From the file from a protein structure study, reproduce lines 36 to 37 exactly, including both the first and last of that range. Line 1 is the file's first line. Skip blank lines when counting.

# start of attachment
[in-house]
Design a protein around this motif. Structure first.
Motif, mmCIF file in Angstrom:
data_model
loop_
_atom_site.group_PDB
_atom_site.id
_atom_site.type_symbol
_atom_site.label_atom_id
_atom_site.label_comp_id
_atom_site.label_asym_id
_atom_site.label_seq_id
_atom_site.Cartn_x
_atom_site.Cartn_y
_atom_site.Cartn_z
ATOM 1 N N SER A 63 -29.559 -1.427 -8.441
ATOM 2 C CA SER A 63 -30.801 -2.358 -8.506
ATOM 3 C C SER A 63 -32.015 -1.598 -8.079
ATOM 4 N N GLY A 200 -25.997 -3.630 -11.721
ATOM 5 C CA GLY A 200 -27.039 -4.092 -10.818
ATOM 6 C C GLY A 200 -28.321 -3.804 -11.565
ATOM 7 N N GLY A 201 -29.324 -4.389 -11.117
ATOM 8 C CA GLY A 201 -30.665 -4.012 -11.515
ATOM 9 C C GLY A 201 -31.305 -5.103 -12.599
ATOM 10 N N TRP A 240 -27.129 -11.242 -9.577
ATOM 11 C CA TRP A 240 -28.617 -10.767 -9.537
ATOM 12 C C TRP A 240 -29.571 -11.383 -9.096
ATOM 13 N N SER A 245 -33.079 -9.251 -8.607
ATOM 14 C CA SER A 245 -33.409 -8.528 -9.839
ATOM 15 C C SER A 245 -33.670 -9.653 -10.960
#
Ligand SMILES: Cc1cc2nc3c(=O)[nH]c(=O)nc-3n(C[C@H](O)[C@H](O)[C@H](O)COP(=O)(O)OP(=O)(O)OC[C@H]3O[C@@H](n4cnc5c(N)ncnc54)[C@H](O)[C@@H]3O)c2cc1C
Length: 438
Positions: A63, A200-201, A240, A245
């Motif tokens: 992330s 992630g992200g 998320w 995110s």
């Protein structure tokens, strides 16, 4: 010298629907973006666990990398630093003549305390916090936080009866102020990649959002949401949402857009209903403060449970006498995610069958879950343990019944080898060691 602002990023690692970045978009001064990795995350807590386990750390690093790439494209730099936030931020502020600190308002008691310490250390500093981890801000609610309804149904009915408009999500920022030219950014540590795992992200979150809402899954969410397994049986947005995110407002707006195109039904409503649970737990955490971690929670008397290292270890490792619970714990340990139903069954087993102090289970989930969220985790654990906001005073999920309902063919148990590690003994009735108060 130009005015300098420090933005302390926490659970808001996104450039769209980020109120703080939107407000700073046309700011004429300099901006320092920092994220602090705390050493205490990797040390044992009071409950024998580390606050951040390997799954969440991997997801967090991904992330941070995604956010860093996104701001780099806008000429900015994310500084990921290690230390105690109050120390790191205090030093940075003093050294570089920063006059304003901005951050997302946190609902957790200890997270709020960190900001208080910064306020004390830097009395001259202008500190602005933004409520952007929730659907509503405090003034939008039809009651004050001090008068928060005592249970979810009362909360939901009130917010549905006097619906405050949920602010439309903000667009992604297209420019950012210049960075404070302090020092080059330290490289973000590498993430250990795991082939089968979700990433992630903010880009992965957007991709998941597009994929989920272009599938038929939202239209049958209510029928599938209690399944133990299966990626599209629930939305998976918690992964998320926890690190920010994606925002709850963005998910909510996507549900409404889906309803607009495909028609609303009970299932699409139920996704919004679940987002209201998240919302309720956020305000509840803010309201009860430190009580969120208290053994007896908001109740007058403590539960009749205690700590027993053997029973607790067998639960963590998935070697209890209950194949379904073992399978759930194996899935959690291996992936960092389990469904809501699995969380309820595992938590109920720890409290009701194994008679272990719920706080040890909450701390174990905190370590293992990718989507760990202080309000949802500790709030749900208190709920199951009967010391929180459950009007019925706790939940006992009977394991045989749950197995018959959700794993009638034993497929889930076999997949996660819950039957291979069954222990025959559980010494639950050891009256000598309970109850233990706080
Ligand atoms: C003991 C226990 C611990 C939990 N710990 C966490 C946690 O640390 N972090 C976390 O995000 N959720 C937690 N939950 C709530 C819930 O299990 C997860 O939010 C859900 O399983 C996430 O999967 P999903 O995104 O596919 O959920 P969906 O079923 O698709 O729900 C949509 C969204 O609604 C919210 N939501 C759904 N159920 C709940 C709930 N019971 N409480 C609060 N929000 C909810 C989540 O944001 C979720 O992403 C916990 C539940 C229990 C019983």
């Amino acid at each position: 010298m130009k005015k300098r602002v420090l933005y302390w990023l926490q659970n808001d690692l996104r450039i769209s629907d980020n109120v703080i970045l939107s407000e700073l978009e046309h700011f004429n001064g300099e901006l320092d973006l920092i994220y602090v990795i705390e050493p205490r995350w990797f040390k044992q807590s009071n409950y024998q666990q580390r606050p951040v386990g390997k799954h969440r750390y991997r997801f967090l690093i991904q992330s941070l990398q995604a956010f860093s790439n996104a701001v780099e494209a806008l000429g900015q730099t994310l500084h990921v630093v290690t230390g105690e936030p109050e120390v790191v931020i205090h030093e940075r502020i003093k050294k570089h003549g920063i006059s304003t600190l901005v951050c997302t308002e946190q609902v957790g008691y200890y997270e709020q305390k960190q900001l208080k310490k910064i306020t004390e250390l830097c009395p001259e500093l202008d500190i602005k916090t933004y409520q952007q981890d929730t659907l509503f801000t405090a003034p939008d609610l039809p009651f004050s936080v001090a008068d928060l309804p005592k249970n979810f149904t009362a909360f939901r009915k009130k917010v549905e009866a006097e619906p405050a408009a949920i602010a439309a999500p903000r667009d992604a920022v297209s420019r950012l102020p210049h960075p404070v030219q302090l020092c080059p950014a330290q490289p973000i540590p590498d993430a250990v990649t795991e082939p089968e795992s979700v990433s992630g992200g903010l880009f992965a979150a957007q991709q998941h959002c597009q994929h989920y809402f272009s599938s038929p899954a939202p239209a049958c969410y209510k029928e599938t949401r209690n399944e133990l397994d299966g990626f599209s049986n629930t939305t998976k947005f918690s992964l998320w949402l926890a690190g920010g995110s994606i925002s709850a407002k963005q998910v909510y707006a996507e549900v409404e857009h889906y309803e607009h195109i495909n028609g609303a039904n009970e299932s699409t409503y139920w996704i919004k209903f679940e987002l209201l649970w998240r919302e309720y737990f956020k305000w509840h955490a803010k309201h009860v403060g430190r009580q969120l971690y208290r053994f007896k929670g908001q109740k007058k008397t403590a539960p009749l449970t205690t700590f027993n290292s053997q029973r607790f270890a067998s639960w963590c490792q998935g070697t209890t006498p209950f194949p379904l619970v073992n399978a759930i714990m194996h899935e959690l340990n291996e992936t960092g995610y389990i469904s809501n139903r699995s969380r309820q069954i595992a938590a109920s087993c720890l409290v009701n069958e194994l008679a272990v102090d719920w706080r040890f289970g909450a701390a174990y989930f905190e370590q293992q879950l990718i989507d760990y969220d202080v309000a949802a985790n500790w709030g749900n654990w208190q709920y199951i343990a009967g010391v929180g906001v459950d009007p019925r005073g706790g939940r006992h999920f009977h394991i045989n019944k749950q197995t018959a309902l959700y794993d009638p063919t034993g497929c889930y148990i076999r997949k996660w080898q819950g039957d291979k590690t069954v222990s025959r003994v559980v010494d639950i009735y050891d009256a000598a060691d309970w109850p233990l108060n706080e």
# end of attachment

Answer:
């Protein structure tokens, strides 16, 4: 010298629907973006666990990398630093003549305390916090936080009866102020990649959002949401949402857009209903403060449970006498995610069958879950343990019944080898060691 602002990023690692970045978009001064990795995350807590386990750390690093790439494209730099936030931020502020600190308002008691310490250390500093981890801000609610309804149904009915408009999500920022030219950014540590795992992200979150809402899954969410397994049986947005995110407002707006195109039904409503649970737990955490971690929670008397290292270890490792619970714990340990139903069954087993102090289970989930969220985790654990906001005073999920309902063919148990590690003994009735108060 130009005015300098420090933005302390926490659970808001996104450039769209980020109120703080939107407000700073046309700011004429300099901006320092920092994220602090705390050493205490990797040390044992009071409950024998580390606050951040390997799954969440991997997801967090991904992330941070995604956010860093996104701001780099806008000429900015994310500084990921290690230390105690109050120390790191205090030093940075003093050294570089920063006059304003901005951050997302946190609902957790200890997270709020960190900001208080910064306020004390830097009395001259202008500190602005933004409520952007929730659907509503405090003034939008039809009651004050001090008068928060005592249970979810009362909360939901009130917010549905006097619906405050949920602010439309903000667009992604297209420019950012210049960075404070302090020092080059330290490289973000590498993430250990795991082939089968979700990433992630903010880009992965957007991709998941597009994929989920272009599938038929939202239209049958209510029928599938209690399944133990299966990626599209629930939305998976918690992964998320926890690190920010994606925002709850963005998910909510996507549900409404889906309803607009495909028609609303009970299932699409139920996704919004679940987002209201998240919302309720956020305000509840803010309201009860430190009580969120208290053994007896908001109740007058403590539960009749205690700590027993053997029973607790067998639960963590998935070697209890209950194949379904073992399978759930194996899935959690291996992936960092389990469904809501699995969380309820595992938590109920720890409290009701194994008679272990719920706080040890909450701390174990905190370590293992990718989507760990202080309000949802500790709030749900208190709920199951009967010391929180459950009007019925706790939940006992009977394991045989749950197995018959959700794993009638034993497929889930076999997949996660819950039957291979069954222990025959559980010494639950050891009256000598309970109850233990706080
Ligand atoms: C003991 C226990 C611990 C939990 N710990 C966490 C946690 O640390 N972090 C976390 O995000 N959720 C937690 N939950 C709530 C819930 O299990 C997860 O939010 C859900 O399983 C996430 O999967 P999903 O995104 O596919 O959920 P969906 O079923 O698709 O729900 C949509 C969204 O609604 C919210 N939501 C759904 N159920 C709940 C709930 N019971 N409480 C609060 N929000 C909810 C989540 O944001 C979720 O992403 C916990 C539940 C229990 C019983």